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Radiation Therapy

If your cancer is localized to one part of your body, radiation therapy may be your best treatment option. Radiation is often used in combination with other cancer treatments, such as surgery or chemotherapy.

Why Radiation Therapy?

Radiation therapy can:

  • Reduce tumor size, to make it easier to remove tumors surgically
  • Stop cancer from spreading
  • Control pain, pressure, and other cancer symptoms
  • Control benign diseases, including:
    • Acoustic neuromas
    • Heterotopic bone formation
    • Meningiomas

Coordinated Cancer Care

Our experienced team of radiation oncologists is the largest in western Massachusetts. We coordinate your care with other members of your oncology team to determine the best treatment plan for you, based on:

  • Age
  • Cancer location
  • Current health
  • Gender
  • Medical history
  • Stage of cancer
  • Type of cancer

All of your Baystate medical information, including X-rays, pathology, and other medical reports, is stored electronically so team members are always up to date with your care plan.

Advanced Cancer Treatment

We offer the latest radiation therapy options, including:

  •  External beam radiation, including image-guided radiation, intensity-modulated radiation, stereotactic radiosurgery, stereotactic radiotherapy, 3D conformal radiation, and skin surface brachytherapy
  •  Internal radiation, including high-dose rate implants and permanent interstitial implants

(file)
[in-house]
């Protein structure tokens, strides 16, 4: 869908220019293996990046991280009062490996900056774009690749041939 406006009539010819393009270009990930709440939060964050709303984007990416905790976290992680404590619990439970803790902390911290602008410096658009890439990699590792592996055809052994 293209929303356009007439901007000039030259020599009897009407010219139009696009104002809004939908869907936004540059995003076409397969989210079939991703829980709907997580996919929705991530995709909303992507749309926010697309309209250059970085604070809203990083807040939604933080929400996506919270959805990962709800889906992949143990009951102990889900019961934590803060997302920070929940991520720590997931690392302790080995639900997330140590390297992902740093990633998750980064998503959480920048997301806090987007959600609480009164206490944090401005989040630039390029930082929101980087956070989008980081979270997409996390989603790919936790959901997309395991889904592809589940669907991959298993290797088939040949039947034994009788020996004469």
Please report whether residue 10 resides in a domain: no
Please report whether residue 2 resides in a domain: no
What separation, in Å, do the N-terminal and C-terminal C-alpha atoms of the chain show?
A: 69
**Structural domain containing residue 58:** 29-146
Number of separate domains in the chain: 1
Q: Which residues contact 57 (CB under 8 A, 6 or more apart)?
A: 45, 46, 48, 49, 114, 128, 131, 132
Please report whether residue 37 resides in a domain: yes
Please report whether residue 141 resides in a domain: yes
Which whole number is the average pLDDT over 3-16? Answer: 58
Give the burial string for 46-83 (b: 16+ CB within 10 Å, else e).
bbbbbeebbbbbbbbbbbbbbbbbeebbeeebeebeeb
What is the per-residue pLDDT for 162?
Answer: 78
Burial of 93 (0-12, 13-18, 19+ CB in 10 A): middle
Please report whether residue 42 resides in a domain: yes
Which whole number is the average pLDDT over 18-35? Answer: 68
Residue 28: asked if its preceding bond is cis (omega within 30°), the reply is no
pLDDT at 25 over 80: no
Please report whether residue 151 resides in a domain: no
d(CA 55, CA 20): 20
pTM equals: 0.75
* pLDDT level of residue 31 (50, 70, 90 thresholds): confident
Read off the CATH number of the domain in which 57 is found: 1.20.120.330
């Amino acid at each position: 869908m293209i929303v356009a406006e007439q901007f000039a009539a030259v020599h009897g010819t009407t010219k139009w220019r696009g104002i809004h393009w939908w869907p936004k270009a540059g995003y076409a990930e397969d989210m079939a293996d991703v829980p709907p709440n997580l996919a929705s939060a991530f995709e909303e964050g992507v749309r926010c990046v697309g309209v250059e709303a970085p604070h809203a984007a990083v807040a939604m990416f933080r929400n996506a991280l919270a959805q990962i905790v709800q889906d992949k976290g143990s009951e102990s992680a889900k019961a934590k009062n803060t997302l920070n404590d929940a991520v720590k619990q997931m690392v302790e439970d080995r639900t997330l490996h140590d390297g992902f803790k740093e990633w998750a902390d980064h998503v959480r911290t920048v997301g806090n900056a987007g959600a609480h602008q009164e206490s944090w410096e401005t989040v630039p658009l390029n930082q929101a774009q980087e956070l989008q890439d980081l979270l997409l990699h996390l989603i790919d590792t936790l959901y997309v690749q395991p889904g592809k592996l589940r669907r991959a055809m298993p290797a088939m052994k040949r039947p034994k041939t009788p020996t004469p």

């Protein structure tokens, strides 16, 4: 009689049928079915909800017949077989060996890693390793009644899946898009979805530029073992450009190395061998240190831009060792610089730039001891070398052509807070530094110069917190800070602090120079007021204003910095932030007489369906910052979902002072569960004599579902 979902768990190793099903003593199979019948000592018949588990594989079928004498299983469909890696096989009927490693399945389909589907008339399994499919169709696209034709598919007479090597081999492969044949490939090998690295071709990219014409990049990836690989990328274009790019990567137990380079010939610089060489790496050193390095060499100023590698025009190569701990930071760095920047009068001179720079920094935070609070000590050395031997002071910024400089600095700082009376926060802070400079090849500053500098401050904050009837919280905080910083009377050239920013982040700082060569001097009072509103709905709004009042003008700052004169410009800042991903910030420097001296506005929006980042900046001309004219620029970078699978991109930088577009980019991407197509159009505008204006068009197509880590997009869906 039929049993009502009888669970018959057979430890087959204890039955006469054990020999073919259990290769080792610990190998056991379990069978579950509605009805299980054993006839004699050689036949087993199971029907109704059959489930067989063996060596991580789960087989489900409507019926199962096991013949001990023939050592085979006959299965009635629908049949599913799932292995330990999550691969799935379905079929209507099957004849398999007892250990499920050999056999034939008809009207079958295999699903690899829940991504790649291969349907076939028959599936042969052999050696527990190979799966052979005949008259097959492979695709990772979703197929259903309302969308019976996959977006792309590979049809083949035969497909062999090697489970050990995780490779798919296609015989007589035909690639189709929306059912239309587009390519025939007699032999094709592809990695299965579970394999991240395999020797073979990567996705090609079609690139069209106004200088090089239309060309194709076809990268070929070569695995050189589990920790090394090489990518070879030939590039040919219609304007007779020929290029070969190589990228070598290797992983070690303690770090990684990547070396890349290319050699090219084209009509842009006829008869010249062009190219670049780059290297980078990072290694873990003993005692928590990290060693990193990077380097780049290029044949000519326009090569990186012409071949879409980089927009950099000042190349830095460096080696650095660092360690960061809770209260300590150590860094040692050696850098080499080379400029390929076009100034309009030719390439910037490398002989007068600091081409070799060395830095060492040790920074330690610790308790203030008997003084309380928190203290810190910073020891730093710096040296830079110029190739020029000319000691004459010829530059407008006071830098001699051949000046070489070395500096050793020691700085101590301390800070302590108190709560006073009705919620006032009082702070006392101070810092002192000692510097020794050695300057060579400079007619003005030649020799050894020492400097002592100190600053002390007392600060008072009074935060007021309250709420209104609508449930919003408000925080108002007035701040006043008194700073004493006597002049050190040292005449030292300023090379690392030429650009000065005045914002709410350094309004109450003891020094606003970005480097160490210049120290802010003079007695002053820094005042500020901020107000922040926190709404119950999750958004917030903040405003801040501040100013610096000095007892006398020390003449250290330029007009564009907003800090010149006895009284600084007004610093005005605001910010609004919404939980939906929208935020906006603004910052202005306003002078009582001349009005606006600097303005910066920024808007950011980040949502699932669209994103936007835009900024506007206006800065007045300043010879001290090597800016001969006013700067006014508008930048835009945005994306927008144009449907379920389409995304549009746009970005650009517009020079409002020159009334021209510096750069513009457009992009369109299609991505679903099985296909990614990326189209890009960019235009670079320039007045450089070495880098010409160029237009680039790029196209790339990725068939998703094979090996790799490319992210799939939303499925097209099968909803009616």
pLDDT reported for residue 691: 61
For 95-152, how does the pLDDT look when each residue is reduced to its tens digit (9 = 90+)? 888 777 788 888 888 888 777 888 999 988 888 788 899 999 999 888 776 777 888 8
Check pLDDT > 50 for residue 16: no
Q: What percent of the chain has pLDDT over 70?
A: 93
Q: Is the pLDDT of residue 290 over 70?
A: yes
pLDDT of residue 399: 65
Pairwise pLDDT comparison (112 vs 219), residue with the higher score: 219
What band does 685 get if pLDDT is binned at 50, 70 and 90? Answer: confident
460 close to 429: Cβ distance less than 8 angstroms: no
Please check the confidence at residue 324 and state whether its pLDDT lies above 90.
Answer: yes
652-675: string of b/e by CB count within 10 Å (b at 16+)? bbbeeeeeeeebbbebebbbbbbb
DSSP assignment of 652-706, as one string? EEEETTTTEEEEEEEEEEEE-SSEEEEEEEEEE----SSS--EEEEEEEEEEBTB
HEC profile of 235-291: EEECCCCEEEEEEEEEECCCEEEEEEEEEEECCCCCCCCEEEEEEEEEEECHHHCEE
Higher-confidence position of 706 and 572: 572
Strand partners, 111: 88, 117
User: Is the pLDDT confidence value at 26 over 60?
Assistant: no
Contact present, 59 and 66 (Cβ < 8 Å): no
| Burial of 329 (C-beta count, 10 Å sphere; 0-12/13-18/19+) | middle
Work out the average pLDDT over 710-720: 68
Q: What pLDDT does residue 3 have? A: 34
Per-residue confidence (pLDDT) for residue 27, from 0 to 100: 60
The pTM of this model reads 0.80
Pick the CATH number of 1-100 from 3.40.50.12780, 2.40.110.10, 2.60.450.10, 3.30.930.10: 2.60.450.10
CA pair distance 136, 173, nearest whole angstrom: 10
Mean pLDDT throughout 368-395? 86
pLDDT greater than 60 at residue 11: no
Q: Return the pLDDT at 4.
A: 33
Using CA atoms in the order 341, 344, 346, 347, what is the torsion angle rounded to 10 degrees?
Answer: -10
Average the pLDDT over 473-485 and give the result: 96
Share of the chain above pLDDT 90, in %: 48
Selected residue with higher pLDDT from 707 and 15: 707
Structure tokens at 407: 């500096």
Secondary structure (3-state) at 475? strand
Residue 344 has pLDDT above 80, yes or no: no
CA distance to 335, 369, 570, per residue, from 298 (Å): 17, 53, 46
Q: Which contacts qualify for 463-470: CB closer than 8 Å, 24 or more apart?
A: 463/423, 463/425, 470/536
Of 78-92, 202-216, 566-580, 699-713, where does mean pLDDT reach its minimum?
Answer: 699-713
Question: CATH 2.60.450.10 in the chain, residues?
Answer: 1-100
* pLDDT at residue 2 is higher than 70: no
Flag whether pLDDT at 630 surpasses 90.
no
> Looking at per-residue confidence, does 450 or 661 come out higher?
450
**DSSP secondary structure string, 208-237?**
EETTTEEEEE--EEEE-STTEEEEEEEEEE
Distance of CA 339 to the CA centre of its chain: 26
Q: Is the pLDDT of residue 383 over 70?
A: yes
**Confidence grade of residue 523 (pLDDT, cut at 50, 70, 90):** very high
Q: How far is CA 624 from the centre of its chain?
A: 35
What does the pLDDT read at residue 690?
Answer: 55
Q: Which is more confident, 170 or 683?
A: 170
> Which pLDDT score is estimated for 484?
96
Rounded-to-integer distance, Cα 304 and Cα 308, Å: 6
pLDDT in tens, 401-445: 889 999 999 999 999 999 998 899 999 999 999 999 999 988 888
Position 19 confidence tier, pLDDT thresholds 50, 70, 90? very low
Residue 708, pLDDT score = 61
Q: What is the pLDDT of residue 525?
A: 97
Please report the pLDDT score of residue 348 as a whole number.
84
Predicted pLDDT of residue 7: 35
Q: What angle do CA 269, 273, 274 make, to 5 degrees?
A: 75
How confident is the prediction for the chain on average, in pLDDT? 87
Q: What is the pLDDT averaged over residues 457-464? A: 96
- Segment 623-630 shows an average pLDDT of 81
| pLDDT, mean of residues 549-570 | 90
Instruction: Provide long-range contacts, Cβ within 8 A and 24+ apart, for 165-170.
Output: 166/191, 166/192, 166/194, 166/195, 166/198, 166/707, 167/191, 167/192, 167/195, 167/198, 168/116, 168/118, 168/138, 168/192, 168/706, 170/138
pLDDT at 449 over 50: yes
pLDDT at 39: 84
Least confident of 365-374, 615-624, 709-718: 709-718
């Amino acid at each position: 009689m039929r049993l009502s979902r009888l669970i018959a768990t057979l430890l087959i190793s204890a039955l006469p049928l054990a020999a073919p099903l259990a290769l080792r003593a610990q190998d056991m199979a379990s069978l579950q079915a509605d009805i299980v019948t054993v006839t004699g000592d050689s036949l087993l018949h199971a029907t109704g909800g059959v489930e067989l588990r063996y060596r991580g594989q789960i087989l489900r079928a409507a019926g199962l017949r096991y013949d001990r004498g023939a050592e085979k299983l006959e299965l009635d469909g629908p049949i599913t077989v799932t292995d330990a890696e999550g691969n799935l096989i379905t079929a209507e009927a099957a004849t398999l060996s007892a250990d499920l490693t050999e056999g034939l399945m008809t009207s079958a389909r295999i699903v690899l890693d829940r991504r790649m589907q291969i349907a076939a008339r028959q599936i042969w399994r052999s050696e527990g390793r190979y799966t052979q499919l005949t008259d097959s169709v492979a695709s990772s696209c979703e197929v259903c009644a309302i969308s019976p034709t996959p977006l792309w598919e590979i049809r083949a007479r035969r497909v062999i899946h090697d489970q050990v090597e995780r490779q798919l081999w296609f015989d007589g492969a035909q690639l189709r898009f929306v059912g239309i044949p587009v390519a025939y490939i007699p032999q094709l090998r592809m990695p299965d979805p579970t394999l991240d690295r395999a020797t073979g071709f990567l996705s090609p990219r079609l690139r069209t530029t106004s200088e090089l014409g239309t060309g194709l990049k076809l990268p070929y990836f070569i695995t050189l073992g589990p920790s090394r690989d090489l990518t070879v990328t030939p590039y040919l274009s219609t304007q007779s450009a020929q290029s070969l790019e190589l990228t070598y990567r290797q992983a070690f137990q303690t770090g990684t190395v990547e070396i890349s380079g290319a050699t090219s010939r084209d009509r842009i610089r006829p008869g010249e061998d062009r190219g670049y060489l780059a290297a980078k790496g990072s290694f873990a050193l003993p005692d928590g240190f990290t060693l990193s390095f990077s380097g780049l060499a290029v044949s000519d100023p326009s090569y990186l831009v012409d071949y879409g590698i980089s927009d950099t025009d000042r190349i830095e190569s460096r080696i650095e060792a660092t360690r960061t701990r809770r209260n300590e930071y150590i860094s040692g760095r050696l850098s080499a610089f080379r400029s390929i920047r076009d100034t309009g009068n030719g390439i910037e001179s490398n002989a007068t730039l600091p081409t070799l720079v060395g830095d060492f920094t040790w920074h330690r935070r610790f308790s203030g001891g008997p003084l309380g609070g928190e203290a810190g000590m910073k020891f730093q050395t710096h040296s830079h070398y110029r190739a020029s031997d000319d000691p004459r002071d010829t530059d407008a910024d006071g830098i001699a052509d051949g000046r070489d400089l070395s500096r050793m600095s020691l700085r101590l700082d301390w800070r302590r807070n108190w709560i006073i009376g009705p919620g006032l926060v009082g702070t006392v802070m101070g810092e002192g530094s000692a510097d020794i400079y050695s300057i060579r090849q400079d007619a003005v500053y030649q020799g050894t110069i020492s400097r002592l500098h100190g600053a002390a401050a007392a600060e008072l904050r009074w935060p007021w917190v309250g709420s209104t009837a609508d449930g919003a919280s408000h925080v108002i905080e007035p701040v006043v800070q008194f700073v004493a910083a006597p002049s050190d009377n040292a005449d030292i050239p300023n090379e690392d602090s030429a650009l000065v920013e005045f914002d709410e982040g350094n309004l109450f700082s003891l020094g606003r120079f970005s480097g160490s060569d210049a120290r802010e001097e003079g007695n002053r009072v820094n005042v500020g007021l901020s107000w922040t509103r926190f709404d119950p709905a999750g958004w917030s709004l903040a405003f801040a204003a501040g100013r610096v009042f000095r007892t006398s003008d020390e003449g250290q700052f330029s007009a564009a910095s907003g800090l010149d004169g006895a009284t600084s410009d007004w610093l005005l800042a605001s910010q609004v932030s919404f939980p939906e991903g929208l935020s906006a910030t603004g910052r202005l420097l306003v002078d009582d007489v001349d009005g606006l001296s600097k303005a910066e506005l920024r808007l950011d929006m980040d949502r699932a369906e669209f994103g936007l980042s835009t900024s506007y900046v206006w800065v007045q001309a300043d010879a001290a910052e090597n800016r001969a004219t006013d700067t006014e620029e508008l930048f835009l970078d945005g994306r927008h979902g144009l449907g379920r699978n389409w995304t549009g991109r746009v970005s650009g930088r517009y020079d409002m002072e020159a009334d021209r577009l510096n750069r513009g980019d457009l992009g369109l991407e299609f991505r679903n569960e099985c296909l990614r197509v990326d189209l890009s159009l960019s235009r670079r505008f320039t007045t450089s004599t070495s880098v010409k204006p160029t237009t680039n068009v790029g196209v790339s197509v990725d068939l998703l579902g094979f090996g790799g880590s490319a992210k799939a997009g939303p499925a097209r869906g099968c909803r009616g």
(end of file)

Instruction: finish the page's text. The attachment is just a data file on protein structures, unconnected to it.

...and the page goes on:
•  Radioactive seed localization, for patients undergoing lumpectomies for breast cancer

Questions to Ask About Radiation Therapy

If you need radiation therapy to treat your cancer, you may have concerns and worries. You probably also have many questions about what you will experience and what kind of side effects you can expect.

Baystate Regional Cancer Program cancer specialists believe in a holistic approach to your care. We encourage you to ask as many questions as you need, so you can feel confident and comfortable with your treatment plan.

In addition to specific questions you may want to ask before, during, and after your treatment, here are common some questions to ask your care team:

Before Treatment

  •  What type and stage of cancer do I have?
  •  What is the purpose of radiation treatment for my type of cancer?
  •  How do you perform radiation therapy? Will it be external beam or internal beam (brachytherapy)? What do the treatments feel like?
  •  For how many weeks will I receive radiation? How many treatments will I receive per week?
  •  What are the chances that radiation therapy will work?
  •  Can I participate in a clinical trial? If so, what is the trial testing? What are my benefits and risks? 
  •  What is the chance that the cancer will spread or come back if I do not have radiation therapy?
  •  Will I need chemotherapy, surgery, or other treatments? If so, in what order will I receive these treatments? How soon after radiation therapy can I start them?
  •  How should I prepare for this financially?
  •  What are some of the support groups I can turn to during treatment?
  •  If I have questions after I leave here, who can I call?
  •  Will radiation therapy affect my ability to have children?
  •  Do you take my insurance plan?

During Treatment

  •  How can I expect to feel during treatment and in the weeks following radiation therapy?
  •  Can I drive myself to and from the treatment facility?
  •  Will I be able to continue my normal activities?
  •  What side effects may occur from the radiation and how are they managed?
  •  Do I need a special diet during or after my treatment?
  •  Can I exercise?
  •  Can I have sex?
  •  Can I smoke or drink alcohol?